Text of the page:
Using a cell culture model of induced mitochondrial DNA depletion to initiate a progressive loss of mitochondrial respiration, the scientists utilized techniques to measure gene expression, metabolites, and DNA methylation, which is an epigenetic modification intimately associated with the regulation of gene expression. They also incorporated advanced bioinformatic methods in their work.

The researchers determined that progressive loss of mitochondrial function led to an alteration in nuclear gene expression associated with changes in DNA methylation. Such changes were reversed once homeostasis of NADH oxidation was restored in the mitochondria. Taken together, these findings demonstrated a novel link between mitochondrial function and epigenetic regulation of gene expression that involved changes in the TCA cycle and altered amino acid metabolism. (HV)

CitationLozoya A OA, Martinez-Reyes I, Wang T, Grenet D, Bushel P, Li J, Chandel N, Woychik RP, Santos JH. 2018. Mitochondrial nicotinamide adenine dinucleotide reduced (NADH) oxidation links the tricarboxylic acid (TCA) cycle with methionine metabolism and nuclear DNA methylation. PLoS Biol 16(4):e2005707.

Altering neuronal activity patterns changes gene expression

Researchers from NIEHS, Harvard Medical School, and the University of California Merced determined that the history of neuronal activity patterns in the brain can be deduced by looking at gene expression profiles. The finding will help scientists better understand how the brain engages with the environment.

Members of the research team used genome-scale technology to compare gene induction, or the turning on of genes, in response to brief and sustained neuronal activity patterns. They found that brief activity can induce a subset of activity-regulated genes (ARGs) that correlates with the first of three waves of ARGs induced by sustained activity. First-wave ARGs are induced rapidly, require the calcium-dependent signaling pathway MAPK/ERK, and do not need the production of new proteins, known as de novo translation. In contrast, latter-wave ARGs are induced more slowly, do not need MAPK/ERK, but do need de novo translation.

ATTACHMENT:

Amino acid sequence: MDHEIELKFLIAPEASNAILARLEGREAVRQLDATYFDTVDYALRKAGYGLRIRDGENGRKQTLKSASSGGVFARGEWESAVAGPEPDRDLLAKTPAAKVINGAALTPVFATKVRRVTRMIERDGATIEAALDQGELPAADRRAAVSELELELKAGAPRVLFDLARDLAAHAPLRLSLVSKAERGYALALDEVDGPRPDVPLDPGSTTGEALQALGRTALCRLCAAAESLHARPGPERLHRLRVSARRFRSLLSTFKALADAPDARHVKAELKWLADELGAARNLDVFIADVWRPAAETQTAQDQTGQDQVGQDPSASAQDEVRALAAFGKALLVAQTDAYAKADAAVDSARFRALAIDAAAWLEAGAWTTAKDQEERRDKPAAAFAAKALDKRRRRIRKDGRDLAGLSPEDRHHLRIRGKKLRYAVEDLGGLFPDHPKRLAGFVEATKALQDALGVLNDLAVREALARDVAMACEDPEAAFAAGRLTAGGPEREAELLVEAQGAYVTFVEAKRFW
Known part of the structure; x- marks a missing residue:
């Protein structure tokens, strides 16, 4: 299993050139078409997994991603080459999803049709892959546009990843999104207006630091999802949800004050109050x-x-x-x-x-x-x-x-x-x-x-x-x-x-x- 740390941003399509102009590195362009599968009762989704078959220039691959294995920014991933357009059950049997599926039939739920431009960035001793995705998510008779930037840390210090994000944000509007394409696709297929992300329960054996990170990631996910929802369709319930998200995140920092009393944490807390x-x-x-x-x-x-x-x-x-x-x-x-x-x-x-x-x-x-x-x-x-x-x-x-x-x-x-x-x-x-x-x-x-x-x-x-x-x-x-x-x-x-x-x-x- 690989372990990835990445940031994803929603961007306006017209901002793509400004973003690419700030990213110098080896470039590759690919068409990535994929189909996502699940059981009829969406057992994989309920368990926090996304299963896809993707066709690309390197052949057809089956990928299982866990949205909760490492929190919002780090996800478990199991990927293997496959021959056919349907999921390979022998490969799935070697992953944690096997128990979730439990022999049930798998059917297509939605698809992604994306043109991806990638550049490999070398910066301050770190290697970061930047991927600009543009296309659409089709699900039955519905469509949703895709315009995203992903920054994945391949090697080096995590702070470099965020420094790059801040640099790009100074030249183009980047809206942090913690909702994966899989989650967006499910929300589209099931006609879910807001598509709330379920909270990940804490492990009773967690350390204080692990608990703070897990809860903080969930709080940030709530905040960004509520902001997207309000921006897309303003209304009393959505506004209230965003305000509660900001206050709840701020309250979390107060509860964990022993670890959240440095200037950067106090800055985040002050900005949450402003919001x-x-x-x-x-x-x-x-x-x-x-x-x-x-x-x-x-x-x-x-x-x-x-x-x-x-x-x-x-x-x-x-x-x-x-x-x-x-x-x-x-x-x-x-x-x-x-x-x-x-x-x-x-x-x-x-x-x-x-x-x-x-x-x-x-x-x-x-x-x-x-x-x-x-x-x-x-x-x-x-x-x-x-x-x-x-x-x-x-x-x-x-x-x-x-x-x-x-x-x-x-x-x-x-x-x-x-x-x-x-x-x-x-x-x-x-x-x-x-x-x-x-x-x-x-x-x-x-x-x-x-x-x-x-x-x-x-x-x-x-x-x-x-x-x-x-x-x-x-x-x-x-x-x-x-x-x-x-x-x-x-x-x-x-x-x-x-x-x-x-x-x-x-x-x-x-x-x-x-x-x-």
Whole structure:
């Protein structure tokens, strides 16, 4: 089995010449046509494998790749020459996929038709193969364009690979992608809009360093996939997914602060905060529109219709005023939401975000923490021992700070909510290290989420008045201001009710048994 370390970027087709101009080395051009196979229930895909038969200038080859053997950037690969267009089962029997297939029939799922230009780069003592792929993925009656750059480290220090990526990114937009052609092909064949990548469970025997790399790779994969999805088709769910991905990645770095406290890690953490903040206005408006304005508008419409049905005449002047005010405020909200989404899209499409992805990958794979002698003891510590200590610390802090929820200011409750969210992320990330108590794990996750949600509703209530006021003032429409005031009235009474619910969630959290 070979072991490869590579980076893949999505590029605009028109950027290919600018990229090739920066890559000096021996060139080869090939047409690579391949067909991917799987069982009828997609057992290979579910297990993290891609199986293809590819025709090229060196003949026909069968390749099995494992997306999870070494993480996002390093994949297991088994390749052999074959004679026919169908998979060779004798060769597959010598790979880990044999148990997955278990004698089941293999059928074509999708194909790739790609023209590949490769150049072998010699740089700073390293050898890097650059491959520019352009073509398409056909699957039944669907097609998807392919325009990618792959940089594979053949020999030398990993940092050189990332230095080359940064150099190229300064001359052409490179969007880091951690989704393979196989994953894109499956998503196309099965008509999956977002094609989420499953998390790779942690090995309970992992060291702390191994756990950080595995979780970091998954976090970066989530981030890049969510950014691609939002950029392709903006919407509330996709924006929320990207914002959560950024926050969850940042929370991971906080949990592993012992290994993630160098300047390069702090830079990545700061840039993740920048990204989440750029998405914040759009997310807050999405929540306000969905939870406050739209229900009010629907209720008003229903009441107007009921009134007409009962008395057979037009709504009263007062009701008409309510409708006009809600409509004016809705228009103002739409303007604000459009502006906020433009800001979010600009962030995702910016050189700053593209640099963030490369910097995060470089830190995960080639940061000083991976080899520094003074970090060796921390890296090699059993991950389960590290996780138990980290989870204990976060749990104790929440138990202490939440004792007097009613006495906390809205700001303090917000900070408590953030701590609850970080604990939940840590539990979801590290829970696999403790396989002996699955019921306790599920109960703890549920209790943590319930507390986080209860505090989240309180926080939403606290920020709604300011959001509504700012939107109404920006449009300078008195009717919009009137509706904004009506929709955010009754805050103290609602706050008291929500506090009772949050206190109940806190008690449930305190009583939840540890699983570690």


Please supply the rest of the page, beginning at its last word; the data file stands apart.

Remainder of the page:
MAPK/ERK establishes multi-wave structure of gene induction and enables activity-duration-specific gene induction. In other words, the same mechanisms that establish rapid and slow gene responses also allow different genes to be induced by different durations of activity. (FW)

CitationTyssowski KM, DeStefino NR, Cho JH, Dunn CJ, Poston RG, Carty CE, Jones RD, Chang SM, Romeo P, Wurzelmann MK, Ward JM, Andermann ML, Saha RN, Dudek SM, Gray JM. 2018. Different neuronal activity patterns induce different gene expression programs. Neuron 98(3):530-546.e11.

(Ketrell McWhorter, Ph.D., is an Intramural Research Training Award (IRTA) fellow in the NIEHS Social and Environmental Determinants of Health Equity Group. Ravikanth Velagapudi, Ph.D., is a visiting fellow in the NIEHS Neuropharmacology Group. Heather Vellers, Ph.D., is an IRTA fellow in the NIEHS Environmental Genetics Group. Frieda Wiley, D. Pharm., is a contract writer for the NIEHS Office of Communications and Public Liaison. Qing Xu is a biologist in the NIEHS Metabolism, Genes, and Environment Group.)

Back To Top